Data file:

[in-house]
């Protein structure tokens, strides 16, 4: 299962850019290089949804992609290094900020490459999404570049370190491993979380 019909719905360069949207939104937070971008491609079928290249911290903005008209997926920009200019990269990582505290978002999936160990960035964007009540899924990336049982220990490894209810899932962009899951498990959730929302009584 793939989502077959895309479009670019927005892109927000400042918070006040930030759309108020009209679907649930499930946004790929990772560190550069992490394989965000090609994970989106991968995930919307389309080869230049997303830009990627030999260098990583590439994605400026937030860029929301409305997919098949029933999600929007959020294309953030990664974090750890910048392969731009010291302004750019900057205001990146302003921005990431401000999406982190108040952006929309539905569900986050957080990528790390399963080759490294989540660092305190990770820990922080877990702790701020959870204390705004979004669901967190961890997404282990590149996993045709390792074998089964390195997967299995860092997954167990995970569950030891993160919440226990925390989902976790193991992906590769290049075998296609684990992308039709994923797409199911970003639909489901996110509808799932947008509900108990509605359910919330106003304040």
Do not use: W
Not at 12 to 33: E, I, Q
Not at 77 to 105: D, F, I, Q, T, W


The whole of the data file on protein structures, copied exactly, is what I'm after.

[in-house]
């Protein structure tokens, strides 16, 4: 299962850019290089949804992609290094900020490459999404570049370190491993979380 019909719905360069949207939104937070971008491609079928290249911290903005008209997926920009200019990269990582505290978002999936160990960035964007009540899924990336049982220990490894209810899932962009899951498990959730929302009584 793939989502077959895309479009670019927005892109927000400042918070006040930030759309108020009209679907649930499930946004790929990772560190550069992490394989965000090609994970989106991968995930919307389309080869230049997303830009990627030999260098990583590439994605400026937030860029929301409305997919098949029933999600929007959020294309953030990664974090750890910048392969731009010291302004750019900057205001990146302003921005990431401000999406982190108040952006929309539905569900986050957080990528790390399963080759490294989540660092305190990770820990922080877990702790701020959870204390705004979004669901967190961890997404282990590149996993045709390792074998089964390195997967299995860092997954167990995970569950030891993160919440226990925390989902976790193991992906590769290049075998296609684990992308039709994923797409199911970003639909489901996110509808799932947008509900108990509605359910919330106003304040």
Do not use: W
Not at 12 to 33: E, I, Q
Not at 77 to 105: D, F, I, Q, T, W